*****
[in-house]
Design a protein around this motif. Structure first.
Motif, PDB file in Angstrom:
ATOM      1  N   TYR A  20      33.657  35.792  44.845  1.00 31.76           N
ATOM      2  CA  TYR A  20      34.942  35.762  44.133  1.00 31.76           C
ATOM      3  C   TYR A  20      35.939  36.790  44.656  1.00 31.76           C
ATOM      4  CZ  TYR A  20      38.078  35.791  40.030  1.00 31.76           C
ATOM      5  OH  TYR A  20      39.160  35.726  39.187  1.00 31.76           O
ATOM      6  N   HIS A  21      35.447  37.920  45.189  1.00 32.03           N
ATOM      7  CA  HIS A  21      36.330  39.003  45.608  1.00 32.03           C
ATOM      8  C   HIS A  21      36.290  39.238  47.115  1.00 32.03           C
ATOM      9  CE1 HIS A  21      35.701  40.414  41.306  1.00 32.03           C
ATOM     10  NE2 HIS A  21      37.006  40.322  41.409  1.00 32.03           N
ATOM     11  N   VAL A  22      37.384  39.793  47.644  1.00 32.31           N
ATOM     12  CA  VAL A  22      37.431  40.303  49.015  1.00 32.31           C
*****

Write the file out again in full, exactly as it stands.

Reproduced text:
[in-house]
Design a protein around this motif. Structure first.
Motif, PDB file in Angstrom:
ATOM      1  N   TYR A  20      33.657  35.792  44.845  1.00 31.76           N
ATOM      2  CA  TYR A  20      34.942  35.762  44.133  1.00 31.76           C
ATOM      3  C   TYR A  20      35.939  36.790  44.656  1.00 31.76           C
ATOM      4  CZ  TYR A  20      38.078  35.791  40.030  1.00 31.76           C
ATOM      5  OH  TYR A  20      39.160  35.726  39.187  1.00 31.76           O
ATOM      6  N   HIS A  21      35.447  37.920  45.189  1.00 32.03           N
ATOM      7  CA  HIS A  21      36.330  39.003  45.608  1.00 32.03           C
ATOM      8  C   HIS A  21      36.290  39.238  47.115  1.00 32.03           C
ATOM      9  CE1 HIS A  21      35.701  40.414  41.306  1.00 32.03           C
ATOM     10  NE2 HIS A  21      37.006  40.322  41.409  1.00 32.03           N
ATOM     11  N   VAL A  22      37.384  39.793  47.644  1.00 32.31           N
ATOM     12  CA  VAL A  22      37.431  40.303  49.015  1.00 32.31           C